If one of the greatest boons of the solid-state revolution of the mid to late ’60s was the way it compacted down cumbersome guitar effects into neat portable boxes, you could argue that the greatest benefit to guitarists didn’t come until a full decade later when the luscious but unwieldy tape echo was replaced by the analog delay pedal. And for many players, the greatest rendition of that was the Electro-Harmonix Memory Man. Released around 1976, the Memory Man was one of the first solid-state pedal-based echo devices, if not verifiably the first, as EHX’s Mike Matthews claims accurate dates for this era are extremely difficult to come by. It was certainly the most successful. It also remains the most beloved of the early analog delays still in use today.
The pedal’s design evolved considerably through the late ’70s and into the early ’80s, and while the debutante models are certainly collectible, the most desirable to players is the rendition featured here, the Deluxe Memory Man that came out around the turn of the decade. It included some of the line’s best features and delivered the warm, thick, tape-like echo sounds that made the unit famous.
All original Memory Man pedals were made using components called “bucket-brigade delay chips” (BBD), which are partly credited with the rich, somewhat grainy sound of their analog echoes. The moniker comes from the way these IC chips pass along a signal from one stage to another—across as few as 68 stages to as many as 4,096 between input and output—which can be done at different speeds to achieve different lengths of delay time. Real techies will drool over the beloved Reticon SAD1024 BBDs and Panasonic MN3005s used in the classic early pedals, but the rest of us just need to know that they sounded great.
The cool thing about the Deluxe Memory Man was that it packed all this succulent echo into a unit with superbly flexible and versatile features. In addition to the single input, there were both an Echo out and Direct (dry) out, controls for Level, Blend, Feedback and Delay (time), plus a switch to select between the bonus Chorus and Vibrato effects that could be added to the delay signal in proportions governed by the Chorus-Vibrato knob. Power was hard-wired for domestic AC, with an on/off switch, an LED to indicate when the effect was on, and another LED to show you when your signal was overloading the circuit.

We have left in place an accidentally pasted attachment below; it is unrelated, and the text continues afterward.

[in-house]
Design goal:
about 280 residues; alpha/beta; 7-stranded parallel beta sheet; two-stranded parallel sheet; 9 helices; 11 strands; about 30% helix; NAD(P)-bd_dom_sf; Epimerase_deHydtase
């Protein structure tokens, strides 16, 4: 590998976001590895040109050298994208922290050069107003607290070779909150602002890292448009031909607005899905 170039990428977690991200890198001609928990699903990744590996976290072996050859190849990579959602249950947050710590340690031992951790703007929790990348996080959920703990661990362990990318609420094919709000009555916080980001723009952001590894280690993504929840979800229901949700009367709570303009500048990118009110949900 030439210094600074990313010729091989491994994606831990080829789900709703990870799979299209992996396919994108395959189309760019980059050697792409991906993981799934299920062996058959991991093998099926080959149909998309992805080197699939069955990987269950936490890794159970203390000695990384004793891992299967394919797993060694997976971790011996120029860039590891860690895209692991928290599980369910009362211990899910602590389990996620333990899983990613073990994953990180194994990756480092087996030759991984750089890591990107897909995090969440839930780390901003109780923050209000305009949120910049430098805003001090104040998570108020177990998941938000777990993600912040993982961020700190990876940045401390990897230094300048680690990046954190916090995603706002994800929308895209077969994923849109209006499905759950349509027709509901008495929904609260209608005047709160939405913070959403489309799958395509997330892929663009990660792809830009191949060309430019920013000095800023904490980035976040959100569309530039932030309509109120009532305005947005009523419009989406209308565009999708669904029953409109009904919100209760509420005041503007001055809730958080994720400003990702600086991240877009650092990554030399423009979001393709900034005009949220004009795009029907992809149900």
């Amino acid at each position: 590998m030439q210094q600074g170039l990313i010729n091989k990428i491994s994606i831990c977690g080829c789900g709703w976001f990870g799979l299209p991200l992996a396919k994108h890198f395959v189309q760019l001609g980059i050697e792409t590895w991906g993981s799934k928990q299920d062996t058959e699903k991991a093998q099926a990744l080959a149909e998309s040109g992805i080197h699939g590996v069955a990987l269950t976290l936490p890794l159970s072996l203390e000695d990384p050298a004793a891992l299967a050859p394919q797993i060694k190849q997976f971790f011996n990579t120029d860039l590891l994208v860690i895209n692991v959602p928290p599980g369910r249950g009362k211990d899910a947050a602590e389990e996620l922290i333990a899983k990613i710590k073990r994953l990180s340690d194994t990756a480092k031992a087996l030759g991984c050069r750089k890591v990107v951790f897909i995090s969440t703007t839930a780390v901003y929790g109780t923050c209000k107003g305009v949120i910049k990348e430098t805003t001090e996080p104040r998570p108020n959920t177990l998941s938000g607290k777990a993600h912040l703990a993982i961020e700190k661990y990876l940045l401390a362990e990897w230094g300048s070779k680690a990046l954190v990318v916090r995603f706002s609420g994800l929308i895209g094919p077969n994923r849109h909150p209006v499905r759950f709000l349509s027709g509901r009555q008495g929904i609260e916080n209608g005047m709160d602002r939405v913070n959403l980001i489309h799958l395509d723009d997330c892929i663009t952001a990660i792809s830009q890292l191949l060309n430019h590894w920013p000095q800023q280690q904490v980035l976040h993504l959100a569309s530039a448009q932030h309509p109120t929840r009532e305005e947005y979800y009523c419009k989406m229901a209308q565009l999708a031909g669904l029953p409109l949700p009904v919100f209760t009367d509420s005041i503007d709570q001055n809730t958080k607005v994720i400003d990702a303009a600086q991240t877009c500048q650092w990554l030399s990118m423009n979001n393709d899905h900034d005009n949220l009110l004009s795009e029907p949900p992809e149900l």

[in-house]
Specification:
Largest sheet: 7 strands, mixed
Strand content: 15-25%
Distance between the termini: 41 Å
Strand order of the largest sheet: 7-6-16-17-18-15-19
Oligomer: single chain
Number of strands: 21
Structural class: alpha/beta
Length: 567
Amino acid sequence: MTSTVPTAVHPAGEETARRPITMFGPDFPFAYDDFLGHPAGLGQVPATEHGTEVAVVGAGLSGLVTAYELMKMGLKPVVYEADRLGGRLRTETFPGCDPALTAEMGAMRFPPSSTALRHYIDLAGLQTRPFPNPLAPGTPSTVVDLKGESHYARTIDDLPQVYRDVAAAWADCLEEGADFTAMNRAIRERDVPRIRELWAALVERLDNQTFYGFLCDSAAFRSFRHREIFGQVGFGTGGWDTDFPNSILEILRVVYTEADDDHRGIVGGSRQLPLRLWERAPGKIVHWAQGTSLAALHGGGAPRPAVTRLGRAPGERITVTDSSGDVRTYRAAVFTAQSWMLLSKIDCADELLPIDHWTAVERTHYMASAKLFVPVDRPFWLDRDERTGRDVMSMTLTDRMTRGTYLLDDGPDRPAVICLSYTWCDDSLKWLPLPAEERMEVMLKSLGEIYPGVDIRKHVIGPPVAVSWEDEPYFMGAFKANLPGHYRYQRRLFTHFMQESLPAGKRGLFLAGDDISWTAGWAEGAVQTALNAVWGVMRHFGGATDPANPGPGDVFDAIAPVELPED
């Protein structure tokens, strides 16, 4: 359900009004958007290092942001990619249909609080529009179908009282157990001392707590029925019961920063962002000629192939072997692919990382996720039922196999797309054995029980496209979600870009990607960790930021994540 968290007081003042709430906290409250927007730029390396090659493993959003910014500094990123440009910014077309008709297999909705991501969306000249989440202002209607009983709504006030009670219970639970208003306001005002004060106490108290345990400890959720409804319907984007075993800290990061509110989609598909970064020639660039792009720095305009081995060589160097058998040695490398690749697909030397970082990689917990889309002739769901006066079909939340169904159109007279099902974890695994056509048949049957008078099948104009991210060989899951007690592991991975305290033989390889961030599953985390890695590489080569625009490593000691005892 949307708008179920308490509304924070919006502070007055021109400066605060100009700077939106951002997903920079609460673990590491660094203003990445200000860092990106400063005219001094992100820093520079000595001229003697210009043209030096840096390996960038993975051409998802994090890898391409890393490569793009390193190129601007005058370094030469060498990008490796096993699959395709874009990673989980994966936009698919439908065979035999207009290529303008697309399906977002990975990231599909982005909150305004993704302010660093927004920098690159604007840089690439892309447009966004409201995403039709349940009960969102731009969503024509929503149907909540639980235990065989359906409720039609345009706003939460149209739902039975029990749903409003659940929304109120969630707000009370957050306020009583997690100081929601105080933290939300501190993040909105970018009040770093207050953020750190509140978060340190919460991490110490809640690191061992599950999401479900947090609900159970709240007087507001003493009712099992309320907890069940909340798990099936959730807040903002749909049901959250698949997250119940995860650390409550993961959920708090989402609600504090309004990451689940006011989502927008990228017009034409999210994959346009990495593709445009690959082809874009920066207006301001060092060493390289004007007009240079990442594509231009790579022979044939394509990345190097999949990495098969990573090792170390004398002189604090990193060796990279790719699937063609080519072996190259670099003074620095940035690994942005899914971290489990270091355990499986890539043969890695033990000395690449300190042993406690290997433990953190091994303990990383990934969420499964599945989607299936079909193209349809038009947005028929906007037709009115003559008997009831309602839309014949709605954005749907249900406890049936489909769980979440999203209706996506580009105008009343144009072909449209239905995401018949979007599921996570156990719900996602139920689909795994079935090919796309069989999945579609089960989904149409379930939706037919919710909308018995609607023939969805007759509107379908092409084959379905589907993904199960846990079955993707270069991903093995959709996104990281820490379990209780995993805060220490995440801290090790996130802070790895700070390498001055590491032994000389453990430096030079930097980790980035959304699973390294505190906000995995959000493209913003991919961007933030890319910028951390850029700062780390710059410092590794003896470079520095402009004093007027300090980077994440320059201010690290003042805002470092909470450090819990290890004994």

While the dual wet/dry outputs afforded great spatial effects with the Deluxe Memory Man into two amps, some guitarists will attest to the unrivaled aural beauty of the preceding Stereo Memory Man Echo/Chorus pedal. Connect this beauty to two semi-spaced amps and, well, you’ll quickly be semi-spaced yourself. While its built-in chorus effect was only available independently, not on top of the delay effect, it remains one of the lushest and most appealing analog choruses this writer has ever experienced, especially in stereo.
U2’s The Edge is one of the most cited early Deluxe Memory Man users, and purportedly employed the pedal on the band’s early hits “I Will Follow” and “Sunday, Bloody Sunday,” to name but two. There are many other notable users, and if you’ve heard a non-tape-delay echo effect on guitar tracks of the late ’70s and early ’80s, there’s good chance it came from a Memory Man. Artists who tapped that delectable BBD bounce in later years have included Radiohead’s Ed O’Brien and Arctic Monkey’s Alex Turner.
● Big five-knob control interface
● BBD analog delay sound
● Bonus Chorus-Vibrato effect
● Hard-wired AC power cord
● Wet and dry outputs